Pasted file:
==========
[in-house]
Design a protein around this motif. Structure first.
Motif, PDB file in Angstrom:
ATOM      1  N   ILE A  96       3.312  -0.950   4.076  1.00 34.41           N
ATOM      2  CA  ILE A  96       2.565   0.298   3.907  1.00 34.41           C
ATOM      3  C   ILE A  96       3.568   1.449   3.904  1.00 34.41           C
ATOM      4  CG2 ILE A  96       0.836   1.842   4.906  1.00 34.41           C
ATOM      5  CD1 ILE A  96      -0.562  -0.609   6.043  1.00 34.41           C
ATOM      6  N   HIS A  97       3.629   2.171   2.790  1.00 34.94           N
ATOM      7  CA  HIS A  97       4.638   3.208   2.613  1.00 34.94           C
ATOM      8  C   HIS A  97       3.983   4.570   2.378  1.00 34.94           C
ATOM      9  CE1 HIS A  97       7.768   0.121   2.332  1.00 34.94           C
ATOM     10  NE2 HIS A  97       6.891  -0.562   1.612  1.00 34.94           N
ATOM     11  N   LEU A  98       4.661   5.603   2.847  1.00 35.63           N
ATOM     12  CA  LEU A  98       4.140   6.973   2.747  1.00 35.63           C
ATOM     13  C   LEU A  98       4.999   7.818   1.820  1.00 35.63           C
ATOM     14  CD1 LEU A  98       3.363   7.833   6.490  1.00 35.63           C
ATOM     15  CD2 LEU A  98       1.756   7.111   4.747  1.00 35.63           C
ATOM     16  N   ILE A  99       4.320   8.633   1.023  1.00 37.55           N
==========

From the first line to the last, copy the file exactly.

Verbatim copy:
[in-house]
Design a protein around this motif. Structure first.
Motif, PDB file in Angstrom:
ATOM      1  N   ILE A  96       3.312  -0.950   4.076  1.00 34.41           N
ATOM      2  CA  ILE A  96       2.565   0.298   3.907  1.00 34.41           C
ATOM      3  C   ILE A  96       3.568   1.449   3.904  1.00 34.41           C
ATOM      4  CG2 ILE A  96       0.836   1.842   4.906  1.00 34.41           C
ATOM      5  CD1 ILE A  96      -0.562  -0.609   6.043  1.00 34.41           C
ATOM      6  N   HIS A  97       3.629   2.171   2.790  1.00 34.94           N
ATOM      7  CA  HIS A  97       4.638   3.208   2.613  1.00 34.94           C
ATOM      8  C   HIS A  97       3.983   4.570   2.378  1.00 34.94           C
ATOM      9  CE1 HIS A  97       7.768   0.121   2.332  1.00 34.94           C
ATOM     10  NE2 HIS A  97       6.891  -0.562   1.612  1.00 34.94           N
ATOM     11  N   LEU A  98       4.661   5.603   2.847  1.00 35.63           N
ATOM     12  CA  LEU A  98       4.140   6.973   2.747  1.00 35.63           C
ATOM     13  C   LEU A  98       4.999   7.818   1.820  1.00 35.63           C
ATOM     14  CD1 LEU A  98       3.363   7.833   6.490  1.00 35.63           C
ATOM     15  CD2 LEU A  98       1.756   7.111   4.747  1.00 35.63           C
ATOM     16  N   ILE A  99       4.320   8.633   1.023  1.00 37.55           N